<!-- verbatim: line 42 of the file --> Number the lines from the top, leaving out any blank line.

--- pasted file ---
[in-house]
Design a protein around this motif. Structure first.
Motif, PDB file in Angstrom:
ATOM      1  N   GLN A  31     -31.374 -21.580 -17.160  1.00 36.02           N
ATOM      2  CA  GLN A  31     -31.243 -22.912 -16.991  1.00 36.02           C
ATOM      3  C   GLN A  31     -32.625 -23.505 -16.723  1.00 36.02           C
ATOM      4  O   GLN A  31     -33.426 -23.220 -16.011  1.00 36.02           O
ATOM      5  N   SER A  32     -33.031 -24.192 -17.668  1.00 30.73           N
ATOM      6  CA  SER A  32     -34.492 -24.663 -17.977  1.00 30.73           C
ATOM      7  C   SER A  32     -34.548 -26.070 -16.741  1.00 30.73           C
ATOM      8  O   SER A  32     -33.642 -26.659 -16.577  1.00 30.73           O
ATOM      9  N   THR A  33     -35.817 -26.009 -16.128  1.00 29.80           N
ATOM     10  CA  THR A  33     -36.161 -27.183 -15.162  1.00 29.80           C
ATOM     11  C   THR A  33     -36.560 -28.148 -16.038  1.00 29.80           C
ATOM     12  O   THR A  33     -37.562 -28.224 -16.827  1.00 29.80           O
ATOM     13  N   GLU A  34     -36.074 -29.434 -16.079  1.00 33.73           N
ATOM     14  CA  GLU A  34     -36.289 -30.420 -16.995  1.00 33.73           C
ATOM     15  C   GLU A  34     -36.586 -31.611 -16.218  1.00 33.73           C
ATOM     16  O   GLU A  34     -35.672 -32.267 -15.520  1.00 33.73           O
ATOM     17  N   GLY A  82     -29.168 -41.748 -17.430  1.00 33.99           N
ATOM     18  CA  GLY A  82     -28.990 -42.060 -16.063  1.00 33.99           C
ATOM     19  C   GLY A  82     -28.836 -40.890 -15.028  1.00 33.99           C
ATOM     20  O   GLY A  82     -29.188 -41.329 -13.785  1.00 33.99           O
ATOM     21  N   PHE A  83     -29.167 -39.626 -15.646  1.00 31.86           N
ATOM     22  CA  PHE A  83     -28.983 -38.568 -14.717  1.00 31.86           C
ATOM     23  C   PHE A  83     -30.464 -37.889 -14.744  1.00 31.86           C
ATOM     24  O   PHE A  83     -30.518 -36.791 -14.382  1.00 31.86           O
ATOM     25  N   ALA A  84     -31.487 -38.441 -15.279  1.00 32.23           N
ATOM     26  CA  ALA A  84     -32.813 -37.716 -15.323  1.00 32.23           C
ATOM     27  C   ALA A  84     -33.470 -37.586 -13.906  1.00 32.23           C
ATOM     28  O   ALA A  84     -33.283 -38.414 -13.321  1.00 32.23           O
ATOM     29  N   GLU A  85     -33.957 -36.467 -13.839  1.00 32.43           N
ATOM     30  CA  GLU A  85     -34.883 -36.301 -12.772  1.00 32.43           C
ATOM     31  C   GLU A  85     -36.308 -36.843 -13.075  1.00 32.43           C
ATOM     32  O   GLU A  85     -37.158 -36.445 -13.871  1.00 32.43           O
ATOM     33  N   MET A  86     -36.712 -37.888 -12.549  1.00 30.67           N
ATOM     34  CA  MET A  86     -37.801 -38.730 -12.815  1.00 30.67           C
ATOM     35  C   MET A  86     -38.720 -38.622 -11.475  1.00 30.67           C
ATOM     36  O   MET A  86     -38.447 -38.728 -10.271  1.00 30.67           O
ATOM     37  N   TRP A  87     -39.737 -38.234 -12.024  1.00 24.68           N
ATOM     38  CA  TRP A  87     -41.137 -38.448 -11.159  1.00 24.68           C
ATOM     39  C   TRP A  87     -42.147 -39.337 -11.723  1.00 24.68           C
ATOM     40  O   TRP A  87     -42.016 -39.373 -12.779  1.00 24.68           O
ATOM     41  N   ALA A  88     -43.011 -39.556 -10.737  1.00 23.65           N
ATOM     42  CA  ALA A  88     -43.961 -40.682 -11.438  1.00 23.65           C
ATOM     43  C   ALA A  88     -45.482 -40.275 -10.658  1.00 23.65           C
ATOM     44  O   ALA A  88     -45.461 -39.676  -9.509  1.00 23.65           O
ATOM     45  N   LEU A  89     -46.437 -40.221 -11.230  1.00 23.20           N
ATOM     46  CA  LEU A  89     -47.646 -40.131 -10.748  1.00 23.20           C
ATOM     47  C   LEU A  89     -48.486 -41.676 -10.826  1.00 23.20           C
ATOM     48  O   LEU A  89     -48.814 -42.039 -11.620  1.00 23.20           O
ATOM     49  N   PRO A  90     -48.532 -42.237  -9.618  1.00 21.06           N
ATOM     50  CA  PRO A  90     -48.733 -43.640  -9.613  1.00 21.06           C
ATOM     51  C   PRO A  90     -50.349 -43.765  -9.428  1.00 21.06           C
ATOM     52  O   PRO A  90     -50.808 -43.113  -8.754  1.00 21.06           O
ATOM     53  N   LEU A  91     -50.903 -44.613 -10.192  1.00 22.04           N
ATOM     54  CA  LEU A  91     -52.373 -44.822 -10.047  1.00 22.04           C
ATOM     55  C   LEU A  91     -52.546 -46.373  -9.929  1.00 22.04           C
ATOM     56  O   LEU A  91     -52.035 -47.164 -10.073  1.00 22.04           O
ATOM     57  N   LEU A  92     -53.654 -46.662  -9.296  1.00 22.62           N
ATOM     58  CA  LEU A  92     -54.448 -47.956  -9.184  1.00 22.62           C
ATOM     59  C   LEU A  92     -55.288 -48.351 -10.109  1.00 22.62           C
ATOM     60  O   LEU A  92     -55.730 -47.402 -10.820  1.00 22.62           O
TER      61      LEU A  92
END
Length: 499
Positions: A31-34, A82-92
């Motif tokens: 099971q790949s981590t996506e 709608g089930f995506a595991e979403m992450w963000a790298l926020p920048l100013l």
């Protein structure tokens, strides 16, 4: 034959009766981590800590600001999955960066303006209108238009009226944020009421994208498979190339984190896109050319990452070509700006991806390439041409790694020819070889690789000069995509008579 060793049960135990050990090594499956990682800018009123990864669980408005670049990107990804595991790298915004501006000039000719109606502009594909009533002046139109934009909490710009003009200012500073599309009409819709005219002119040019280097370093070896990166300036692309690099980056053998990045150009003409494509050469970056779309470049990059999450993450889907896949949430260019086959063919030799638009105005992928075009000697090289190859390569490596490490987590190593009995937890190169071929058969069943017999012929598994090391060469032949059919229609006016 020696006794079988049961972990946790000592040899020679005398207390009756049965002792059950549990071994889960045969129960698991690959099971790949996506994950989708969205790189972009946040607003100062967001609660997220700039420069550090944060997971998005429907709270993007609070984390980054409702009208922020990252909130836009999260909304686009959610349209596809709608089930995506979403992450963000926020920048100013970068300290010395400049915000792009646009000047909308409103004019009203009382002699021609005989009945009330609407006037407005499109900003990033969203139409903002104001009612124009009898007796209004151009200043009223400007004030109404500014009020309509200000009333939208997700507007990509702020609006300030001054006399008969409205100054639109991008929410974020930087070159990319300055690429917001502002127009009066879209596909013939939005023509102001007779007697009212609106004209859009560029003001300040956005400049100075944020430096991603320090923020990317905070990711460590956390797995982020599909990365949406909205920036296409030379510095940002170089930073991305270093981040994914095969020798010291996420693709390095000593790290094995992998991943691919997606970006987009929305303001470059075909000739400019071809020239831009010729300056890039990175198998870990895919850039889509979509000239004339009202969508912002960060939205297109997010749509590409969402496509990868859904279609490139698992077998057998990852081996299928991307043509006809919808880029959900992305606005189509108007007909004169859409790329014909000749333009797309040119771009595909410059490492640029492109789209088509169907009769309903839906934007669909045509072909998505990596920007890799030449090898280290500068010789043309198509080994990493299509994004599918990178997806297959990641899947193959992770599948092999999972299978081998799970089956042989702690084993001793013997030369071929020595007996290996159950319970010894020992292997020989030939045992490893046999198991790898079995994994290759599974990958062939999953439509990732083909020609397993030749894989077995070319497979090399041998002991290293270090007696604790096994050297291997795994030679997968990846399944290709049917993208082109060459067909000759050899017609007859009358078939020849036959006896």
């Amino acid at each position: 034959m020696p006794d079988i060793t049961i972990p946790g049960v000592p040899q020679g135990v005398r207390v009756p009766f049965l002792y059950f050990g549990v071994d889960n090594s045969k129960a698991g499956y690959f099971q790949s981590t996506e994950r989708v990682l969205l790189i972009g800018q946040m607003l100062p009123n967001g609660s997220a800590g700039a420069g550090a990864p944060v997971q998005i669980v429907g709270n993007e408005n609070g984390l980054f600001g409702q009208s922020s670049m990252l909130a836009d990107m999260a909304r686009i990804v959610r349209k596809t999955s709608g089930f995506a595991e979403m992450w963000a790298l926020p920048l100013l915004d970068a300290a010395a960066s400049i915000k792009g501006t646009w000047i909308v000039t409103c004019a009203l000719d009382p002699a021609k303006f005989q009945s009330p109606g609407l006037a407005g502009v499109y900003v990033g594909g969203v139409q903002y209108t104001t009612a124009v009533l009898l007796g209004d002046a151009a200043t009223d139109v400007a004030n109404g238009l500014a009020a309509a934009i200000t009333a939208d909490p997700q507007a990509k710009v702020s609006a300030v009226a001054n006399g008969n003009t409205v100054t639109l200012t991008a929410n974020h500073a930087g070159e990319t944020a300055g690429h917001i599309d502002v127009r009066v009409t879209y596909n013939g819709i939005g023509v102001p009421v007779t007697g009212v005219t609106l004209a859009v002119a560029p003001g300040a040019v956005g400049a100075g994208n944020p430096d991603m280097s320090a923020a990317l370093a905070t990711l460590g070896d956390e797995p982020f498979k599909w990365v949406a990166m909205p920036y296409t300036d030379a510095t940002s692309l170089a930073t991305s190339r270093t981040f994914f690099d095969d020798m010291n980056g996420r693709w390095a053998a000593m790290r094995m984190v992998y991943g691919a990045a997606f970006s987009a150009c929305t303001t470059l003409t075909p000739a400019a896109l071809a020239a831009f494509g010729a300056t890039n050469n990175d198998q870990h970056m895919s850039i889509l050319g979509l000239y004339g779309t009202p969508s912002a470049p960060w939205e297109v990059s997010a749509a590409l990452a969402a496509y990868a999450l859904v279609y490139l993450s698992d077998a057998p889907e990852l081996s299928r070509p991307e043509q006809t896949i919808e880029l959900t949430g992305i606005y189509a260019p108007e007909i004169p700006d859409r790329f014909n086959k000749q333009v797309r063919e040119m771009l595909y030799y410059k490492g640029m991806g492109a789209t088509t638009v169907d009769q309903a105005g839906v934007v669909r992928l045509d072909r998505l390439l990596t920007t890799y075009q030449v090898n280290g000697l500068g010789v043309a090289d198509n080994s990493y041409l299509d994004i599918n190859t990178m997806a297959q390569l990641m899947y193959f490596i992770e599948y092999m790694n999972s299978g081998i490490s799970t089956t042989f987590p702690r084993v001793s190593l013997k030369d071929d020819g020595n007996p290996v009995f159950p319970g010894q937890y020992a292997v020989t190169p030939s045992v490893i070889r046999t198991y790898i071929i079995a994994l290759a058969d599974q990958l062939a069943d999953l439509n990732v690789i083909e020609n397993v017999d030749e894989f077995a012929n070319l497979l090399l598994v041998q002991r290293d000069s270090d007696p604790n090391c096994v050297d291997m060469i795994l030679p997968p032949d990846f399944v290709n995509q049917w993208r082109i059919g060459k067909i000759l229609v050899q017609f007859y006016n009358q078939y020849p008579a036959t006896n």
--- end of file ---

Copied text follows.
ATOM     39  C   TRP A  87     -42.147 -39.337 -11.723  1.00 24.68           C